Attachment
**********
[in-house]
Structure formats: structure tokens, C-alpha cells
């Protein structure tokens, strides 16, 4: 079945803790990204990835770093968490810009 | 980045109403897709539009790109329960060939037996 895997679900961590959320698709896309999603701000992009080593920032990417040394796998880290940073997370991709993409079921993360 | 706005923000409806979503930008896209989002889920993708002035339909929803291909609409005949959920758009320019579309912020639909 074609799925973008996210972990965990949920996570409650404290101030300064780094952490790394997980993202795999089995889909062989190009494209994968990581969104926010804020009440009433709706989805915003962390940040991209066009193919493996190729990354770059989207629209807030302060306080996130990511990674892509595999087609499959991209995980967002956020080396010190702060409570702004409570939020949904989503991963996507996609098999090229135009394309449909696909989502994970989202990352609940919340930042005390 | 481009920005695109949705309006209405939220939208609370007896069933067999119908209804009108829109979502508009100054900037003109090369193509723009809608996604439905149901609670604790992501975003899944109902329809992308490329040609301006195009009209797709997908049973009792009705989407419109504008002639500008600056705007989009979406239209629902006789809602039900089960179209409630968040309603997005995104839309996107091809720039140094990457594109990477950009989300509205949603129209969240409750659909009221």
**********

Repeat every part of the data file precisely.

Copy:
[in-house]
Structure formats: structure tokens, C-alpha cells
């Protein structure tokens, strides 16, 4: 079945803790990204990835770093968490810009 | 980045109403897709539009790109329960060939037996 895997679900961590959320698709896309999603701000992009080593920032990417040394796998880290940073997370991709993409079921993360 | 706005923000409806979503930008896209989002889920993708002035339909929803291909609409005949959920758009320019579309912020639909 074609799925973008996210972990965990949920996570409650404290101030300064780094952490790394997980993202795999089995889909062989190009494209994968990581969104926010804020009440009433709706989805915003962390940040991209066009193919493996190729990354770059989207629209807030302060306080996130990511990674892509595999087609499959991209995980967002956020080396010190702060409570702004409570939020949904989503991963996507996609098999090229135009394309449909696909989502994970989202990352609940919340930042005390 | 481009920005695109949705309006209405939220939208609370007896069933067999119908209804009108829109979502508009100054900037003109090369193509723009809608996604439905149901609670604790992501975003899944109902329809992308490329040609301006195009009209797709997908049973009792009705989407419109504008002639500008600056705007989009979406239209629902006789809602039900089960179209409630968040309603997005995104839309996107091809720039140094990457594109990477950009989300509205949603129209969240409750659909009221």